So there I was at WEMTA (Wisconsin Educational Media and Technology Association) listening to Rushton Hurley, the quite fabulous educational reformer / Japanese linguist / edtech enthusiast, while chatting via keyboard to other audience members in the room.
As he waxed poetic on what’s most needed in education today, my co-texters shared thoughts, Q&A’s and laughs, toying with his ideas, taking them in divergent directions, sharing quirky stuff we do in class: my fake mannequin hand as a SMART Board pointer won me some in-room popularity (these people actually thought I was hilarious - shared ideas and an ego boost to boot).
Rushton played a quirky video of Japanese Businessmen dancing. He simply asked: “What do you think of this?” A few dozen of us backchanneled about it as we watched it. Our chat was intense and interesting and quick and smart, metaphors and analogies flying. When the clip was over, he asked us to talk about it with the people at our table. Some said a few words, but the texted chat during the video was far more rich than the table talk. Instead of 45 minutes of “sit and get,” by offering a backchanneling opportunity, Rushton turned my lunch into sustenance of body, mind and spirit as I listened, chatted, pondered and interacted.
And so I thought, what would a similar opportunity mean for students? The chance to share ideas, challenge each other, interact with the topic at hand during class instead of the “sit and get”?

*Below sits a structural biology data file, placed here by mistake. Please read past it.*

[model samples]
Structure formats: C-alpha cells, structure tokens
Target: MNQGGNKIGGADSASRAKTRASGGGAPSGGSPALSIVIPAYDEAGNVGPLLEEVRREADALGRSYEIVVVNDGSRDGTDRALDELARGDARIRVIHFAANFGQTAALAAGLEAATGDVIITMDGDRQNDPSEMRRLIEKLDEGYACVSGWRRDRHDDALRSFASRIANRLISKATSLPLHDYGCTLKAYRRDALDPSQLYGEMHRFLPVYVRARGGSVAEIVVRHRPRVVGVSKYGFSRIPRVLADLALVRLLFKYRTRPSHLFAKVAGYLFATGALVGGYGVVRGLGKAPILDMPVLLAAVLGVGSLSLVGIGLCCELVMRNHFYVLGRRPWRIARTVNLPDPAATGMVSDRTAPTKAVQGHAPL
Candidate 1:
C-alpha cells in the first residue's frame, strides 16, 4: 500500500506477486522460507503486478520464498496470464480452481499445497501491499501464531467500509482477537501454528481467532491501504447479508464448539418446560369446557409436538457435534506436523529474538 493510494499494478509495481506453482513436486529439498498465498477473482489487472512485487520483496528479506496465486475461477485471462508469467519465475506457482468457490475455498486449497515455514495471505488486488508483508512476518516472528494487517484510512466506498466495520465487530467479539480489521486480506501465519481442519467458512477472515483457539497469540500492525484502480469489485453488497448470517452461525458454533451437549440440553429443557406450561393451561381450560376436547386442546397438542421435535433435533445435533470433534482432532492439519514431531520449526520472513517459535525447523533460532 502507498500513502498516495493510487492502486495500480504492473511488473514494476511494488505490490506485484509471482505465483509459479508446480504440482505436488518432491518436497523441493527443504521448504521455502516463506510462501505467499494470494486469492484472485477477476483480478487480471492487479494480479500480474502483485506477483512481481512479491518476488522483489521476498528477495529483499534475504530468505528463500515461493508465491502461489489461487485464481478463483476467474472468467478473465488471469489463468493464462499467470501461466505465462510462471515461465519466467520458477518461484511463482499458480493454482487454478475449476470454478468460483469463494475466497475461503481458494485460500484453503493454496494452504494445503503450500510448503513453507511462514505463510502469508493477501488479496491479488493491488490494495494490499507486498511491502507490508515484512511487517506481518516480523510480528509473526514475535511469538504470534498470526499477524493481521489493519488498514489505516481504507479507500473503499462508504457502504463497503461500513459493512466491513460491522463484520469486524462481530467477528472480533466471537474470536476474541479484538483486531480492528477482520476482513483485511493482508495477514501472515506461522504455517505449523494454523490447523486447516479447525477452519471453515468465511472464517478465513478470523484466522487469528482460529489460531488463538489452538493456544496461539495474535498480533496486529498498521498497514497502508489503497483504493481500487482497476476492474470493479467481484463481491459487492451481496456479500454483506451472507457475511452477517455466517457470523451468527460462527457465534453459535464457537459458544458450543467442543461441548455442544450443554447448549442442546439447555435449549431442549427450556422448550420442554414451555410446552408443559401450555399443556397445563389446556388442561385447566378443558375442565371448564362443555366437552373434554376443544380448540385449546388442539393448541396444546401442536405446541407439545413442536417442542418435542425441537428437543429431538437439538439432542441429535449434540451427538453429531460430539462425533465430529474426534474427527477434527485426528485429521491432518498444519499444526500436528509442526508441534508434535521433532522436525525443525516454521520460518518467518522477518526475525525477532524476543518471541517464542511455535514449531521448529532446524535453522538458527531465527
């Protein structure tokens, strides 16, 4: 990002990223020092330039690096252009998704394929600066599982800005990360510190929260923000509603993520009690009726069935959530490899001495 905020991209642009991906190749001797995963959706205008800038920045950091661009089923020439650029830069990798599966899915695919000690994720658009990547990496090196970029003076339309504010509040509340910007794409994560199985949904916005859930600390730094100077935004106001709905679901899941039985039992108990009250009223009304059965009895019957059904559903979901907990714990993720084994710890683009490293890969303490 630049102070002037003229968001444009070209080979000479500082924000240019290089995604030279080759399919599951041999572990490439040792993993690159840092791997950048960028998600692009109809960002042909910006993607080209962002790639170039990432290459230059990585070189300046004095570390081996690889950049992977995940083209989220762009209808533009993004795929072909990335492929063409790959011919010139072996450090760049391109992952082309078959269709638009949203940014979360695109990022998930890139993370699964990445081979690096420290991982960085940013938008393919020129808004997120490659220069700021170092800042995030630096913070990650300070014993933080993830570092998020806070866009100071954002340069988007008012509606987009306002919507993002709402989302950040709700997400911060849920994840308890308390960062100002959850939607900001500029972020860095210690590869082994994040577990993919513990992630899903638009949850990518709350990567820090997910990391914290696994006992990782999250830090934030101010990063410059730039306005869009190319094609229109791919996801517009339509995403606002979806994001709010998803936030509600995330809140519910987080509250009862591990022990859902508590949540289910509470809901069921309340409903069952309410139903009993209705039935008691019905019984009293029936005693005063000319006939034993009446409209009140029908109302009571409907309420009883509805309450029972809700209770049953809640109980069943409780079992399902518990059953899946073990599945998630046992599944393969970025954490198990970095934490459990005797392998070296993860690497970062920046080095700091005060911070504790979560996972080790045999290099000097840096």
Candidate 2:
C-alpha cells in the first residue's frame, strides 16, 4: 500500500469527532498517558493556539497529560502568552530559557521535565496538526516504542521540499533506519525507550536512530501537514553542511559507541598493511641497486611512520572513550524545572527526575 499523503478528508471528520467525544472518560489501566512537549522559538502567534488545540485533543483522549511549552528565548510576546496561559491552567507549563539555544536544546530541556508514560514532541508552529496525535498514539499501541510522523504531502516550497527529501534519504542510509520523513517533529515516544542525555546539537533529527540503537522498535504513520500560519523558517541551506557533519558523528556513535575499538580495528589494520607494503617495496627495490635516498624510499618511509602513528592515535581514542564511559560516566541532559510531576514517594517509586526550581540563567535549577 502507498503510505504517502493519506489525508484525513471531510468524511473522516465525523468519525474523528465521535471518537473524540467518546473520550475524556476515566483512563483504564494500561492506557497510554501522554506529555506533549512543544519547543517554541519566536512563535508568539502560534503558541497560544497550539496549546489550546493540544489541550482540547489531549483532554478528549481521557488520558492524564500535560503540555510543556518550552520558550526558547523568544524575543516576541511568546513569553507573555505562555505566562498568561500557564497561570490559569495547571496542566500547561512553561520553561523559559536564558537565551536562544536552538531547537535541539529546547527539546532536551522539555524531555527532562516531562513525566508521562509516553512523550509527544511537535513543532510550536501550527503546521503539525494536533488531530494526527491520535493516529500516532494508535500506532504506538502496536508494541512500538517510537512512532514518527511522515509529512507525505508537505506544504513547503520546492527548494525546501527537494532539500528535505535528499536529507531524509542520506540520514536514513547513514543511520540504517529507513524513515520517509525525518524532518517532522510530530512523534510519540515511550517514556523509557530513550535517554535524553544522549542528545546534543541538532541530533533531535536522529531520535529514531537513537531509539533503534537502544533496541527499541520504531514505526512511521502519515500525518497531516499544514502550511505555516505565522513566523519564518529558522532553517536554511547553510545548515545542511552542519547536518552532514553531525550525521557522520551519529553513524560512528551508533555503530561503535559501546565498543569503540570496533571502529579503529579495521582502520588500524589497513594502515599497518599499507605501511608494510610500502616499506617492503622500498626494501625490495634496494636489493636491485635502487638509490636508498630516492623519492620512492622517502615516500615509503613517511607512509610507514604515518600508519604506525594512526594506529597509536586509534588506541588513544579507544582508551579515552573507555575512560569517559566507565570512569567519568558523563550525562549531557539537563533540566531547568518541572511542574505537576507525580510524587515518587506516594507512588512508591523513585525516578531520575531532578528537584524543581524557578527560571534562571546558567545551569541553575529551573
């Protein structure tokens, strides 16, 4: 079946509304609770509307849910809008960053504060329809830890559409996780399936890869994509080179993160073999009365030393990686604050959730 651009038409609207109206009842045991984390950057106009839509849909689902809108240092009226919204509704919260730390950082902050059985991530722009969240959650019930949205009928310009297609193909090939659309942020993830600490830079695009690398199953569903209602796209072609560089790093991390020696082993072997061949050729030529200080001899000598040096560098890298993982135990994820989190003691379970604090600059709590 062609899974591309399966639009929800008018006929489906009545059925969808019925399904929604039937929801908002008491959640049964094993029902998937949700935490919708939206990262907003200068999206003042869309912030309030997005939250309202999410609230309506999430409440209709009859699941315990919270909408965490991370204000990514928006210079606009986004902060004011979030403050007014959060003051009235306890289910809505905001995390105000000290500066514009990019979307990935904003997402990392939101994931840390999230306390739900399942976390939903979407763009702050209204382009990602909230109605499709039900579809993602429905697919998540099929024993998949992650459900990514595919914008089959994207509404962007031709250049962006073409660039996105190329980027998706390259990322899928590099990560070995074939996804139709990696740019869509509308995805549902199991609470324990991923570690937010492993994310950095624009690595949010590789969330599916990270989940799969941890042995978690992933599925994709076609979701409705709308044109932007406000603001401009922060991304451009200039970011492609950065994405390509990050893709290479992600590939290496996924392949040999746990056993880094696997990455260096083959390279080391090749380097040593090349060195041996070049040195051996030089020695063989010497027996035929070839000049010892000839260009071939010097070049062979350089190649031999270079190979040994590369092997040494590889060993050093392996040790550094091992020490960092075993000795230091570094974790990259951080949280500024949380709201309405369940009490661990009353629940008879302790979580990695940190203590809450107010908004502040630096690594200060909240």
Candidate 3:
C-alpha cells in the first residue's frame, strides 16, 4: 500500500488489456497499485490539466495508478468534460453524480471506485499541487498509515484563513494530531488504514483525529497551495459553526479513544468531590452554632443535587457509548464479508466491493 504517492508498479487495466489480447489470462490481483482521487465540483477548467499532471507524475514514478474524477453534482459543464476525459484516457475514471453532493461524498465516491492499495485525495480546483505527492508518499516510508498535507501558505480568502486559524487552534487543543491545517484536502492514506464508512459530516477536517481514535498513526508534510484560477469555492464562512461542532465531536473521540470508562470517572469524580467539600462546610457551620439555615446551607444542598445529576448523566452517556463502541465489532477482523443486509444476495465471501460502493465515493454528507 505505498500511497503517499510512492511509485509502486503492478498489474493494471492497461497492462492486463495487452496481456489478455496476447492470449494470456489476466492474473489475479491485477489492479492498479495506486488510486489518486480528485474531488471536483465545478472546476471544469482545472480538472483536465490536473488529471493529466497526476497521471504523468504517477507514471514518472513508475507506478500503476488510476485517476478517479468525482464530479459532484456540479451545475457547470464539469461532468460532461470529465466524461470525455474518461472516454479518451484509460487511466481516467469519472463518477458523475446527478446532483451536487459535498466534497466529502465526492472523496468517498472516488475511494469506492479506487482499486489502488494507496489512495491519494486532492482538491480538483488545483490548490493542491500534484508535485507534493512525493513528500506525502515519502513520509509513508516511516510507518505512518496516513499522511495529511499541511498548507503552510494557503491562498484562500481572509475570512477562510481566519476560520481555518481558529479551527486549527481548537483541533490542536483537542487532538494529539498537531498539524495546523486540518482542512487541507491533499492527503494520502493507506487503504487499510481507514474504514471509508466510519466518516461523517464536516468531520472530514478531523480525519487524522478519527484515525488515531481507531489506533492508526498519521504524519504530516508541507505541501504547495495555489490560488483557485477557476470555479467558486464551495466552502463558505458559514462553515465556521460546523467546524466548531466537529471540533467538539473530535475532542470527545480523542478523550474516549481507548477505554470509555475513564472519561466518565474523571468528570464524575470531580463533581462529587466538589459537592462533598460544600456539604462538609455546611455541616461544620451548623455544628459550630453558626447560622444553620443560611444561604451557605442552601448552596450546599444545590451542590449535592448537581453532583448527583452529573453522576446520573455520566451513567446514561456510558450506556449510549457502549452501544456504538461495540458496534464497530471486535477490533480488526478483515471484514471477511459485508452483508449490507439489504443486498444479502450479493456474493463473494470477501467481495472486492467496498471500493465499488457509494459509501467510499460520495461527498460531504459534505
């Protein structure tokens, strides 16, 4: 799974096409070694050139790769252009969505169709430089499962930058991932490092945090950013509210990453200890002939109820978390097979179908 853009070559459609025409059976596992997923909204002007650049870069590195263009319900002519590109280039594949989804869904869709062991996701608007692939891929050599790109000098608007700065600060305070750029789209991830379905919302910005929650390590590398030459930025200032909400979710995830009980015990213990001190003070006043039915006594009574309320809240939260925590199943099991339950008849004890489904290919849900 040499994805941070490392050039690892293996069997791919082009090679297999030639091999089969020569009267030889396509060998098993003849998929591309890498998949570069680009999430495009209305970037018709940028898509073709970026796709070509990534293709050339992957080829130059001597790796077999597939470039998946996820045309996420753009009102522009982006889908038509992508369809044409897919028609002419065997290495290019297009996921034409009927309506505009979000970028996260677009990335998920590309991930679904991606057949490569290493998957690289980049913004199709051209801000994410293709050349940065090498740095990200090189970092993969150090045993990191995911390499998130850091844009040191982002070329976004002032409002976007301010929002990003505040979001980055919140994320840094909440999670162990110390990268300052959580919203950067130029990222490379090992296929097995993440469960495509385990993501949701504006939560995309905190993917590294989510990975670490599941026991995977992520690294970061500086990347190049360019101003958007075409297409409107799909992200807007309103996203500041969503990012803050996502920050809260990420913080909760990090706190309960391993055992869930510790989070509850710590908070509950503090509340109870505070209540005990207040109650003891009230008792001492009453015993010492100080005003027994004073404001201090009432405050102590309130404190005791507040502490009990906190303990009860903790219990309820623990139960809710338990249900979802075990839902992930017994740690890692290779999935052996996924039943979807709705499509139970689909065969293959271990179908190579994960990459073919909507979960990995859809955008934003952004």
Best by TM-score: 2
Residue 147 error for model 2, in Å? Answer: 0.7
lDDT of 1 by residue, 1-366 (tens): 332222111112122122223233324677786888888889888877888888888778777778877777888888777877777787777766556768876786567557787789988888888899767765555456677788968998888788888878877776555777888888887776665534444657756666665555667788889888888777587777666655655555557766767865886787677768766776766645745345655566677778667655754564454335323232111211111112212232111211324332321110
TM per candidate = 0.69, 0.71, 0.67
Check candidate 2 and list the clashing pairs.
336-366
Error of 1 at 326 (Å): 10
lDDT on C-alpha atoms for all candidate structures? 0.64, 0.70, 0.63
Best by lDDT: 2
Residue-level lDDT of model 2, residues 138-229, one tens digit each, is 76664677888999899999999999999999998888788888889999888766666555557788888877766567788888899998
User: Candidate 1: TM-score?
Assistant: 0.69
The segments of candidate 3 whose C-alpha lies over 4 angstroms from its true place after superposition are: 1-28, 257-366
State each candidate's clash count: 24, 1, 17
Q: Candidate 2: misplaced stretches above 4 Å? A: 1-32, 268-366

Much is being written about the use of backchanneling and Twitter in the classroom to increase student engagement. Some say this is clearly the way to connect with students, it’s clearly their preferred mode of communication; others say it’s a distraction, allowing students to tune out and preventing them from concentrating on difficult concepts.
Much has also been written lately about the fallacy of multi-tasking. That while we would like to believe we can do many things simultaneously, the fact is that we trade doing a few things well for doing many things poorly. This is a problem.
I know that while I was eating lunch and listening to Rushton, I was wholly engaged thoroughly enjoying myself and at a heightened state of awareness. I was having fun.
I suspect if we were given a quiz after Rushton’s presentation, I would have scored lower than many in the room. I wasn’t hearing every word he said; backchanneling reduced my ability to accurately regurgitate, but it also increased the value of my experience, allowed me to co-construct meaning with others in the room, to process what he was saying, to figure out how it related to my experiences as an educator and how I could use it to improve my practice.
And isn’t that what 21st century learning is about? Leveraging information and gleaning real-world experience? And isn’t multitasking how our digital natives operate? And isn’t it our charge, then, to help them multitask more effectively, help them manage their world and function well within it?
Maybe it’s not an either/or; maybe there’s a compromise between the “sit and get” and Twitter that would allow teachers to be fully heard and students to fully process. Harvard Educator Eric Mazur’s “Just in Time Teaching” comes to mind - offering short bursts of lecture followed by students immediately interacting and applying and questioning.
One thing is certain: we have more questions than answers in education today. We know what we’re doing isn’t working. We have ideas. We have energy, but we have more questions than we have answers. We know we need to engage more authentically with students, we know we need to prepare them for an ever-changing and increasingly digital world. To do this, we need to change the paradigm, give up some of the control, embrace uncertainty, and forge ahead.
But it’s complicated...